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Violence in Victorville

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Vicotorville City Council Addresses Violence in Brentwood

By Eliz Dowdy

Two weeks ago the news of five people wounded, and one teen killed rocked southern California. It brought Channel 7 ABC News mobile unit to the area, and practically every print media in southern California carried the news. This level of violence shocked even those familiar with violent activity on a regular basis.

However, for the city of Victorville and especially the Brentwood housing tract, it opened old wounds; the wounds of affordable housing in the new sub-divisions and the problems of homeowners who live nearby.

The discussions fall along the familiar lines of lack of parental restraints, noisy late night parties, and gang activities. The hot button issue on the council's agenda heard from police Captain Don Yoder, who brought a slide presentation on city crime. He stated his department must have probable cause, such as a citizen-related phone call to deal with housing problems. He also cited a Department of Justice investigation that is currently underway where police actions were targeted to residents of Section 8 housing using search warrants and arrests as the weapons of choice against these families who are primarily Black and Latino. Mayor Ryan McEachron said he thought Victorville was “being dumped” upon in terms of the number of affordable housing units in the city in comparison with Rancho Cucamonga and other San Bernardino county cities.

After much lively discussion the council unanimously approved the public hearing portion of an ordinance which would expand the police department's handling of unruly gatherings without receiving complaints from neighboring residents. Ordinance No. 2275 would charge two or more people, property owners, or residents with fines ranging from $500.00 to $3,000.00 depending upon the number of disturbances reported from loud noises to vehicles blocking roadways or driveways.

The number of homes in Victorville is 32,000, with 2,400 of those homes comprising Brentwood. Of those 2,400 homes, 111 are affordable housing, according to David Zook, representing First District Supervisor Brad Mitzenfelt. He stated the last time the Housing Authority accepted applications for affordable housing occurred in 2007 when 22,000 applications were submitted. Zook stated an extensive 10-year federal background check is conducted among successful applicants. No one is accepted with a violent or drug-related past. What is more, Section 8 housing accounts for 1 to 4 percent of each city's population. There is no dumping by anyone because the Housing Authority doesn't decide where participants move; the participants receive vouchers and decide where to live.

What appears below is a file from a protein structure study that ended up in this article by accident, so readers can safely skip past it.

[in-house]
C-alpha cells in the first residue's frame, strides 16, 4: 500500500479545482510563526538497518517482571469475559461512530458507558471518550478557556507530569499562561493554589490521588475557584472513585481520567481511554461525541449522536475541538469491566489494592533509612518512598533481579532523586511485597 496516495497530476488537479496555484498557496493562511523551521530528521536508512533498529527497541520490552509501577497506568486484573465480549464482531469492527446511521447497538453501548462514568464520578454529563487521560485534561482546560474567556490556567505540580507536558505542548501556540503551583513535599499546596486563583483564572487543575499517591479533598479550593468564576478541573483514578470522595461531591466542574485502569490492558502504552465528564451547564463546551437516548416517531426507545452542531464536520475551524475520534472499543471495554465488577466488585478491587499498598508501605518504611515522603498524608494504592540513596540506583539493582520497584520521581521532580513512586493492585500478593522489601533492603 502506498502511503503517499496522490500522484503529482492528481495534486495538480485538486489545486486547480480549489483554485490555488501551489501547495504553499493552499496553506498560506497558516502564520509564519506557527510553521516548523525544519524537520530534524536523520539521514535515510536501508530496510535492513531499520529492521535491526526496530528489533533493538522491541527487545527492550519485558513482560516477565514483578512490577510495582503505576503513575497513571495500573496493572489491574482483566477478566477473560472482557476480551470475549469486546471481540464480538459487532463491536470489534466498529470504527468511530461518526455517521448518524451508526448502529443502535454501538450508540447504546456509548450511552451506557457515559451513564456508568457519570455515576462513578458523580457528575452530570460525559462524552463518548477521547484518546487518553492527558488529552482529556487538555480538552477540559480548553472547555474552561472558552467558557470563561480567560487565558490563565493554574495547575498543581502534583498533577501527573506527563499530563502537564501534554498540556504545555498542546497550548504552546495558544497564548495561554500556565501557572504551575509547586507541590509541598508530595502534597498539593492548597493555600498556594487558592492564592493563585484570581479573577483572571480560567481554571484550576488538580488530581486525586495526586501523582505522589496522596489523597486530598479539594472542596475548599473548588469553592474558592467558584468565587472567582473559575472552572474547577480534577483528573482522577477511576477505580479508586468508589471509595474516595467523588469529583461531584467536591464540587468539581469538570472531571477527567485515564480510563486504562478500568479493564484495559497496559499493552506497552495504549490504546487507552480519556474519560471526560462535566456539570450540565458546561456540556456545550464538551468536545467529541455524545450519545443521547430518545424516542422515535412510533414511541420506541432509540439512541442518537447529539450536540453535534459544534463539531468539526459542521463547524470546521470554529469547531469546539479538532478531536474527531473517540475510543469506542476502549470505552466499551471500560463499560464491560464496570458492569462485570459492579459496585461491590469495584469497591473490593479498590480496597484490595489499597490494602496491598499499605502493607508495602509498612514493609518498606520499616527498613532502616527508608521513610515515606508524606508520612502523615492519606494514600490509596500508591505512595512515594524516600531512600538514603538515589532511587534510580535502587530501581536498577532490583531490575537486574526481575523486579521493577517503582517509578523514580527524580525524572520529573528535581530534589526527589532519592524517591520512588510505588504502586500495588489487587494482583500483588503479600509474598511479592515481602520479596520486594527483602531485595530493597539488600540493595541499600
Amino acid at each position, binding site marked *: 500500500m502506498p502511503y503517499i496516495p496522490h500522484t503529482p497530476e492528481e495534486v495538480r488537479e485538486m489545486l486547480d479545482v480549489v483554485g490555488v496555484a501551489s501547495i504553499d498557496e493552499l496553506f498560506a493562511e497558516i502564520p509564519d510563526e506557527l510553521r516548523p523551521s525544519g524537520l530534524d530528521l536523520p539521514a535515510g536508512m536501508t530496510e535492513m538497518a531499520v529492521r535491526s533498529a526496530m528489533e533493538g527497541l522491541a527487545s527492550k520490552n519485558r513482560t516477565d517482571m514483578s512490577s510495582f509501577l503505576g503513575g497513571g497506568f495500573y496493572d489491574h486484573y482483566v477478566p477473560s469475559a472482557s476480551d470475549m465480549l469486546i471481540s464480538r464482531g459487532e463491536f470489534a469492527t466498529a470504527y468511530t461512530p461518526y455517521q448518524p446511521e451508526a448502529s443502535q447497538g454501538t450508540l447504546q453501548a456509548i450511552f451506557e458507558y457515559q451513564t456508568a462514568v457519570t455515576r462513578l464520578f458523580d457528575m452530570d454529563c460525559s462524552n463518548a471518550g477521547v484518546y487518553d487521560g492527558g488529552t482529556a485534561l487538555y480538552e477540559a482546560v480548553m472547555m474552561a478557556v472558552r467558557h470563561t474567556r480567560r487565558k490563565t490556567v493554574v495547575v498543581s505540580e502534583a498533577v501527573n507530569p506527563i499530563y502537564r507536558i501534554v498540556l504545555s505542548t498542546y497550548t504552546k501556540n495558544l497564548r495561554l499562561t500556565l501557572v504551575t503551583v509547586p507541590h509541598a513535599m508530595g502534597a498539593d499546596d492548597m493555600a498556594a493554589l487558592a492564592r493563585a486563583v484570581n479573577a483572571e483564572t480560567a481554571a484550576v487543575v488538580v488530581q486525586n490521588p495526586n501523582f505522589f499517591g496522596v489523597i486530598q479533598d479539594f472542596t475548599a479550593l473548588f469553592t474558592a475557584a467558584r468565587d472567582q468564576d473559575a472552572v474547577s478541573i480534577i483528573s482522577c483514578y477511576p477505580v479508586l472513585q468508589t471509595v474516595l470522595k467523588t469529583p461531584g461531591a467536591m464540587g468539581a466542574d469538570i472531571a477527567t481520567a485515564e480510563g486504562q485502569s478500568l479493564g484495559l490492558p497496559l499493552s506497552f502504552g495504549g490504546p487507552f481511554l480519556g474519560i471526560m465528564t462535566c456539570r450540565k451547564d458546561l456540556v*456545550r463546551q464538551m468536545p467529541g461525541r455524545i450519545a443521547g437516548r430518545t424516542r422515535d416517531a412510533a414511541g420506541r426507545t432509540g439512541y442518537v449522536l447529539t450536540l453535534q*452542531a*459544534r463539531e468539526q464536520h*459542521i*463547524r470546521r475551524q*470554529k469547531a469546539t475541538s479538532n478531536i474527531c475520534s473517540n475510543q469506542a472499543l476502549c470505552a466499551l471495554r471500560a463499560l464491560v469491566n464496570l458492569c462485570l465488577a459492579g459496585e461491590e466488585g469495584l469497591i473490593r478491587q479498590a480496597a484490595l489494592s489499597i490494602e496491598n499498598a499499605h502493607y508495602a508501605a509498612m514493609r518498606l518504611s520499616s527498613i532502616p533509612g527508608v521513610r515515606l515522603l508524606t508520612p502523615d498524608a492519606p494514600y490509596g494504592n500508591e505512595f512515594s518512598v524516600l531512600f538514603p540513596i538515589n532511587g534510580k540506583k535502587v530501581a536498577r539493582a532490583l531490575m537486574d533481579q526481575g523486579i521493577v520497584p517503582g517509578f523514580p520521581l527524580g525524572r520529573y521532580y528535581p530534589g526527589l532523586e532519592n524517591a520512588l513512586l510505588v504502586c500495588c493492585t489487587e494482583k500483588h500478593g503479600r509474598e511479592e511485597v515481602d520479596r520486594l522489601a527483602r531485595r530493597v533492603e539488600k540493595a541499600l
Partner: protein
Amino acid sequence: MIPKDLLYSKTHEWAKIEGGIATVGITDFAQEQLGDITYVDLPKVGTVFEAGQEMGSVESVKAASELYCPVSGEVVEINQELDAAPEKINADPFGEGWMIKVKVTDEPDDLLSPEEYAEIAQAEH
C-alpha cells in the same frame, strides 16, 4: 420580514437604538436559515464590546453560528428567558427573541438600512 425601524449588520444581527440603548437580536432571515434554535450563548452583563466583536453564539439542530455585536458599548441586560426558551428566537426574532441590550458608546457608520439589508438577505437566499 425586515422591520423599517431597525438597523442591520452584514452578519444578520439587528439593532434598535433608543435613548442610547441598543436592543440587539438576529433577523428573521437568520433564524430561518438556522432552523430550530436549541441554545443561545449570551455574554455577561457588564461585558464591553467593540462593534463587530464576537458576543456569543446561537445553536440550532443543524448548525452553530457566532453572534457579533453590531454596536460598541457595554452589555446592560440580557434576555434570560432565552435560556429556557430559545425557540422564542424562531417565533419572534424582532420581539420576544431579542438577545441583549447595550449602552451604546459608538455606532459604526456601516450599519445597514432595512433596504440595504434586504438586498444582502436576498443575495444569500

Captain Yoder also stated that crime is down in the Brentwood area by 2 percent compared to this time in 2010, and only accounts for 5 percent of the total calls the police receive.

A couple that lives in Brentwood spoke during the public hearing; they said that a family in their immediate neighborhood, identified by the landlord as Section 8, has four children who run wild and there appears to be a lack of parental control.

The violence that sparked the council's discussing the problem was not a Section 8 household; the homeowner spoke with the Precinct Reporter and stated her deceased husband’s pension pays the mortgage. The party at her residence was for her granddaughter. The event was billed on Facebook as a stripper-themed party; informed sources stated this was to bring more people to the party as they charged $1.00 per head to attend, and no alcohol was served. The violence occurred at a residence around the corner, the Precinct Reporter was told by one of the victims wounded in the shooting, the party's resident owner, and the grandfather of a second victim of the violence.

The age-old question remains: are renters and low wage earners undesirable, have low morals and a built-in propensity for acts of violence? The action taken by the Victorville City Council cannot answer these questions, but providing alternative activities for the youth, letting them know they have opportunities that their parents could not achieve may be much closer to lasting peace between all factions involved.

Written by: Precinct Reporter Group
 

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